The 900 Kurdish refugees who landed on French shores in February and the 1000 smuggled into Italy this week are causing major political disruptions. The European Union, for its part, fears Washington will insist on Turkey’s acceptance as a member without demanding compliance with European human rights demands as regards its Kurdish minority. To mollify the Europeans, Ankara has granted a stay of execution for Abdullah Ocalan, head of the terrorist group, the Kurdish Workers Party – PKK, until the European Court of Human Rights hears his case.

A certain American ally is now in two minds about its support for US strategy.

As to the dissidents, the vice president came away from his meeting with Saudi leaders crown prince Abdullah bin Abdulaziz and intelligence chief Prince Nayyef bin Abdulaziz in Jeddah with the conviction that not all was lost. Abdullah appeared ready to give Washington a hearing. Cheney thereupon handed him an invitation to visit President Bush at his private ranch in Crawford, Texas in mid-April.

Cheney calculated that the Saudi royals are the linchpin of the Arab and European bloc’s stance. If Abdullah can be won round to the Bush plan of action, then the wall of resistance raised by their fellow Arab rulers and the European Union can be surmounted. He therefore advised the president to follow the Saudi ruler’s visit with a grand tour of Europe in mid-May, before his Moscow summit with Vladimir Putin on May 25.

He also advised the president to carry out some urgent fence mending in Europe. In London, the first stop of his tour, the vice president gained the impression that European-US discord in this and other issues had become grave enough to pose a threat to NATO unity and urged him to carry out hurried repairs.

On the flip side of the coin, DEBKA-Net-Weekly ‘s sources say US policymakers are aware that delaying the assault on Iraq by several weeks presents hazards. Taliban and al Qaeda forces will be encouraged to redouble their attacks on US and allied forces in Afghanistan and win time for orchestrating fresh violence against America.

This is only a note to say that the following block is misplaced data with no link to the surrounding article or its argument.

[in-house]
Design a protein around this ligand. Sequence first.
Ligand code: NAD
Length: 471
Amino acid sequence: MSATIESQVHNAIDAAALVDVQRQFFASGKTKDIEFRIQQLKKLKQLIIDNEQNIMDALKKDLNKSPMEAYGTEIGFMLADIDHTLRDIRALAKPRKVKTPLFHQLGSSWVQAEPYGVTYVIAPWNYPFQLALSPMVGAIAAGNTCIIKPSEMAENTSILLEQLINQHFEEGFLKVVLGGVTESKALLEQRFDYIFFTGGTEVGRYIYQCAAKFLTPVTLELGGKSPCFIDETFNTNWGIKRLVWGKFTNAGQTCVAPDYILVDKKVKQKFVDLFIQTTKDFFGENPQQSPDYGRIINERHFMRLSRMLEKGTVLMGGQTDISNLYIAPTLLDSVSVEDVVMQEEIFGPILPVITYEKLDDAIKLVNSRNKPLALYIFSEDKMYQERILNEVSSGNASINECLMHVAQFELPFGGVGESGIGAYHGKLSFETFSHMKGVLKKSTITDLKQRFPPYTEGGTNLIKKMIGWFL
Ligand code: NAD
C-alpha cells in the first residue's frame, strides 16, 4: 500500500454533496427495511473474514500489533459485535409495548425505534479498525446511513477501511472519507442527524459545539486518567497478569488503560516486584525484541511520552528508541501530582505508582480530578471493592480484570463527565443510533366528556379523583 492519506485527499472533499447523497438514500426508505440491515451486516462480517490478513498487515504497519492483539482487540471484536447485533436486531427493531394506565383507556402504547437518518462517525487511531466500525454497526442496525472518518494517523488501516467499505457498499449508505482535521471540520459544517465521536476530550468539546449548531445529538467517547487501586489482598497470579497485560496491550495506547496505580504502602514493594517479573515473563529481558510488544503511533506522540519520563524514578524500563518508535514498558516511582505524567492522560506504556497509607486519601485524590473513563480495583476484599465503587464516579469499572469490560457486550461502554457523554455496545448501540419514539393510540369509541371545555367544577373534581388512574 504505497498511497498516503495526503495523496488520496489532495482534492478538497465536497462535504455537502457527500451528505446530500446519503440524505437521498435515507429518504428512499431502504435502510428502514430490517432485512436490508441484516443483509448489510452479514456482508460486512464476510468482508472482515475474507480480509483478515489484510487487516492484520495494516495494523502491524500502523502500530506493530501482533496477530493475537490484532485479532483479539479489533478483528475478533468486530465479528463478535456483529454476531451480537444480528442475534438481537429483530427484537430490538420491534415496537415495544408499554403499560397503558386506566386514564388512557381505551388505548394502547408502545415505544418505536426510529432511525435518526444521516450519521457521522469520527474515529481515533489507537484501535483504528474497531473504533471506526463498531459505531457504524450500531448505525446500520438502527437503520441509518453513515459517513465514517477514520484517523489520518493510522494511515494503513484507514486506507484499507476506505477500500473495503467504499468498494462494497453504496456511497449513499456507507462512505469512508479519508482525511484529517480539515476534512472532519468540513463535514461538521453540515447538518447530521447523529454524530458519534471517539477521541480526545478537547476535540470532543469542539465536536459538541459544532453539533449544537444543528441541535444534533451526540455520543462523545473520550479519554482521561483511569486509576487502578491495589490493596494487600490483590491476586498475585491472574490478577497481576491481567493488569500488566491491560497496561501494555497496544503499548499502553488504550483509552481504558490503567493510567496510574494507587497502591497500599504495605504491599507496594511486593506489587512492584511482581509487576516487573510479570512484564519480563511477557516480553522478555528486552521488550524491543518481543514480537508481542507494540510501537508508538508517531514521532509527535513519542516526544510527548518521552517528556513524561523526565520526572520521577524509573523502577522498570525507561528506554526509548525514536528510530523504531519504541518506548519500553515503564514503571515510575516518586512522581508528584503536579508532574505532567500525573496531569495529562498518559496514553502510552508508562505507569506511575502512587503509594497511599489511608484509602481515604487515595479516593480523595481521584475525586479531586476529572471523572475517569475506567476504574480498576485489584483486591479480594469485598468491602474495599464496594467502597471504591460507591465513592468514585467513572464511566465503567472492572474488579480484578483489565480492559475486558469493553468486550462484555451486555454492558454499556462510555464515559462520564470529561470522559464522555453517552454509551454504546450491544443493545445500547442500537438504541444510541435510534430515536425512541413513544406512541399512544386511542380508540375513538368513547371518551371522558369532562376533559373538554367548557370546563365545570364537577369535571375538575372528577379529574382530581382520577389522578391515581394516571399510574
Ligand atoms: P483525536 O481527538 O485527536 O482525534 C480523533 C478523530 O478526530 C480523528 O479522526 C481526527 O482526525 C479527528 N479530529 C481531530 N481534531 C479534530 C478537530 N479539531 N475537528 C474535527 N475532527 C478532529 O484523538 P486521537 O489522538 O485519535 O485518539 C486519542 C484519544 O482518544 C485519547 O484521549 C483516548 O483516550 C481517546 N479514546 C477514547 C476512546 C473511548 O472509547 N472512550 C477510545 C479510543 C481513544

What most alarms US officials, according to DEBKA-Net-Weekly ‘s counter-terrorism experts, is the prospect of Iraqi-al Qaeda collusion. Once Baghdad rumbles the Bush administration’s plan not only conquer Iraq but partition it, the two may join forces for a campaign of terror inside the United States that could dwarf the September 11 assaults.

It is this menace that puts the nuclear option on the table. (See next article.)

American officials are seriously taking into account the possibility of nuclear or bio-terrorism in US cities. That was the backdrop to Tenet’s comments to the Senate armed services committee on Tuesday, March 19, when he said: “But our major near-term concern is the possibility that Saddam might gain access to fissile material.” Radioactive fissile material could be loaded into a conventional bomb and detonated in an American city as a “dirty bomb” spreading radioactive materials over a large area and rendering it uninhabitable for decades or longer.

Tenet told Congress in February that he feared the al Qaeda had been seeking fissile material to make such an explosive. He admitted it is a nightmare scenario for the CIA and the FBI.

Tenet pointed out that Saddam and Osama bin Laden, both Sunni Muslims, were capable of putting aside their differences for ad hoc collaboration against common foes, such as the United States and the Saudi royal house.

Postponing the US offensive against Iraq will give these terrorist elements space for a better-organized and more comprehensive strike. But Cheney and Bush also believe the delay may also be useful for detection and preparation – if not prevention. One scenario sketched in Washington is that the terror planners may also decide to hold their hand to see if America does in the final analysis go through with its operational plans.

DEBKA-Net-Weekly ‘s military and counter-terrorism experts perceive the White House switch from limited, localized assaults on terror – such as those waged in Afghanistan and the Philippines – to a comprehensive Middle East-Gulf-East Africa campaign hinging on the Iraq offensive, as moving America’s war on terror onto a truly global plane. The military operations to come will inevitably have a seismic effect on the world’s geopolitical and geo-strategic map.